Despite the ever-rising importance of technology in Education in Europe, 42% of those responsible for IT in schools admit to not addressing adequate technological requirements in their planning. According to a study conducted by IT customers and teachers in France, Germany, Italy, Spain, and the UK, 38% are not proactive in incorporating new technologies in their respective schools.
This fact surfaces at a time in which Education is increasingly geared towards technology. What’s more, according to the results of the International Computer and Information Literacy Study, the majority of teachers believe that using innovative technology in the classroom proves to be an essential tool in developing work-related activities in the 21st century, especially in autonomous learning, critical thinking, problem solving in real life, reflection, communication and collaboration, creativity, and digital literacy.
Similarly, a great disparity between different European countries is evident, as some institutions clearly manage this technology better than others in the sector. In Italy, about half (57%) of those surveyed admitted to not addressing technological issues, while Spain is doing better: only 28% had the same complaint.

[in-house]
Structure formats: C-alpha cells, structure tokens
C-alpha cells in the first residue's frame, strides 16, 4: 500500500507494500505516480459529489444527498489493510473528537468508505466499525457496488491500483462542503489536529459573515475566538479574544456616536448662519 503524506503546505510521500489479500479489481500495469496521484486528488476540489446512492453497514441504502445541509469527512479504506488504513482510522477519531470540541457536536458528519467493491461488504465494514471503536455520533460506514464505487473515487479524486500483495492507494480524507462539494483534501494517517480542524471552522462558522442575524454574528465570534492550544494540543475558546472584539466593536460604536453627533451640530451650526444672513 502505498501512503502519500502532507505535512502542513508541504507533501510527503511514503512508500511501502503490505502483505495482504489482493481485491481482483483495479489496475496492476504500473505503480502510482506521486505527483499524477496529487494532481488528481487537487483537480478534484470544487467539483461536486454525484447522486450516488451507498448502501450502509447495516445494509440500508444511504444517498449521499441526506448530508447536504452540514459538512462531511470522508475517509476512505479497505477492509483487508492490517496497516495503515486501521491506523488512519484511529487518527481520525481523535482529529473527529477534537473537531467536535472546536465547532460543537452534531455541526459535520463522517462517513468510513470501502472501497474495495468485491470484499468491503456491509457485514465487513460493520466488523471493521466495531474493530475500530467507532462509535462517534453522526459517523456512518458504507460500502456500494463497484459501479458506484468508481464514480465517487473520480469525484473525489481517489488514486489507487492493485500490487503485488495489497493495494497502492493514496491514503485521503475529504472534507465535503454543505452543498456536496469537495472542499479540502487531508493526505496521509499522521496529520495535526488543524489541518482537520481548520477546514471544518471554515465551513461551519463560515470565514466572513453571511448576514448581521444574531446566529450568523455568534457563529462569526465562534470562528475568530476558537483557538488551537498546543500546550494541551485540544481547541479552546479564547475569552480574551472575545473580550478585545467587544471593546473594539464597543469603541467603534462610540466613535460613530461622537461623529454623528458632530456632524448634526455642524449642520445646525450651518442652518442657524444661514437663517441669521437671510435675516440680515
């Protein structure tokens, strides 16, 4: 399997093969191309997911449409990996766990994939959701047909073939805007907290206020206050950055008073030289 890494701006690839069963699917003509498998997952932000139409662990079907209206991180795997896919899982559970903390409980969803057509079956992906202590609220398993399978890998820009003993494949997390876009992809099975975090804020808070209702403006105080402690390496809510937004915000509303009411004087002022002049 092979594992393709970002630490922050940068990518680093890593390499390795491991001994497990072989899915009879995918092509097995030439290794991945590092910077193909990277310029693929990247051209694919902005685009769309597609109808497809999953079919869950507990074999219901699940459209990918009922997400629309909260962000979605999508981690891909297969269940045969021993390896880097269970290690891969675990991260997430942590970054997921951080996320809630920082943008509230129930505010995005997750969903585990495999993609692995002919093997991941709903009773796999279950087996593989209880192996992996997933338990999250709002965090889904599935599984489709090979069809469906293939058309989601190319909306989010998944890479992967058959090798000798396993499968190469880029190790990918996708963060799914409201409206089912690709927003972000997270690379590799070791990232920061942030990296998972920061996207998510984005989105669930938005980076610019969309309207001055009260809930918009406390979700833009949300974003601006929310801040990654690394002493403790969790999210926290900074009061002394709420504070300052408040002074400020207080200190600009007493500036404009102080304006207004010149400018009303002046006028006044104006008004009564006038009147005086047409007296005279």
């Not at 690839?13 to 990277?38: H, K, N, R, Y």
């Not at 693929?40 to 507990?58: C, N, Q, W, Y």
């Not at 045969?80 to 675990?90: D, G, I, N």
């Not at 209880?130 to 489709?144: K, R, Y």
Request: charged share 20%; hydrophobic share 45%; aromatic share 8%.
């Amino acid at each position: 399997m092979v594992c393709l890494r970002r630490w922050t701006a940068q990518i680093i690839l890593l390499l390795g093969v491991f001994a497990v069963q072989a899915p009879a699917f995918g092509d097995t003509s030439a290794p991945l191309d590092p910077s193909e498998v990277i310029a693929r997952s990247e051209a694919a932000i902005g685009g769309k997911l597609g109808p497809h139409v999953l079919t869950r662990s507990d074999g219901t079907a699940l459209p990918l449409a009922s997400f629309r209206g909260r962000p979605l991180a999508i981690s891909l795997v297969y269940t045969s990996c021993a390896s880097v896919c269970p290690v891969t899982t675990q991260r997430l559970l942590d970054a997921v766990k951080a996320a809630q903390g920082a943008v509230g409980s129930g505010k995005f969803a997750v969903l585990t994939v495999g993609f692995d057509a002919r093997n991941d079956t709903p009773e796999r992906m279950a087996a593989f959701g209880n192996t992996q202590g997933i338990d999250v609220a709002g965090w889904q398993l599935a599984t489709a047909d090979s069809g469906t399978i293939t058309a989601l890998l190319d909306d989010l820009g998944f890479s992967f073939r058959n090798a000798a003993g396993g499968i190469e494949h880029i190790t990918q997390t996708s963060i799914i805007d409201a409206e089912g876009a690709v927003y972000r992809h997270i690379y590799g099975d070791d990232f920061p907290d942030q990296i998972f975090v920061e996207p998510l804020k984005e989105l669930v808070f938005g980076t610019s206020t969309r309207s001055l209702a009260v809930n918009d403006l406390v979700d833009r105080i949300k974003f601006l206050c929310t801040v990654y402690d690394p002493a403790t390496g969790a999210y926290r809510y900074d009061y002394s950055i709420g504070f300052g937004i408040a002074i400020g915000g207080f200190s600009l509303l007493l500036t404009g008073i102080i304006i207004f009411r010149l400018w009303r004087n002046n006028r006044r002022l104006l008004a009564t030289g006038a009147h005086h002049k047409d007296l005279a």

What’s more, in France around half (51%) of IT buyers admitted to not being up-to-date with IT trends, compared to only 30% in Spain, 32% in the UK, 40% in Germany and 41% in Italy. When they were asked what type of technology should improve or be integrated into their respective organizations, 43% of the teaching community answered laptop computers, closely followed by printers (41%).
The results of the study demonstrate that IT teams have a necessity to respond better to the needs and maintain the rhythm of new technologies in order to prevent teachers using obsolete equipment. Undoubtedly, now that the requirements are stricter, the pressure is greater than ever. To tackle these issues it’s key to change to products that are more cost-effective and easy to maintain.
Nevertheless, the absence of an up-to-date technology isn’t the only thing stopping schools from reaching their full technological potential in the classroom: the teachers need to be well prepared and to feel comfortable when the time comes to introduce new technologies and to teach how to use them adequately. Still, 31% of those interviewed gave inadequate preparation for the use of new technology as the main barrier preventing schools from getting the maximum benefits of new technology. Significant improvement is needed in the UK and Spain, where 34% and 33% of those surveyed identified a problem.
More needs to be done to bridge the gap between the classroom and the work-related world, but the good news is that schools are increasingly opening up to incorporating technology in the classroom. As an example, many schools in Europe have already adopted visual communication tools like projectors in their day to day work, which often require collaboration and team-work.
Neil Colquhoun Director of Visual Instruments Epson Europe Director of Visual Instruments Epson Europe.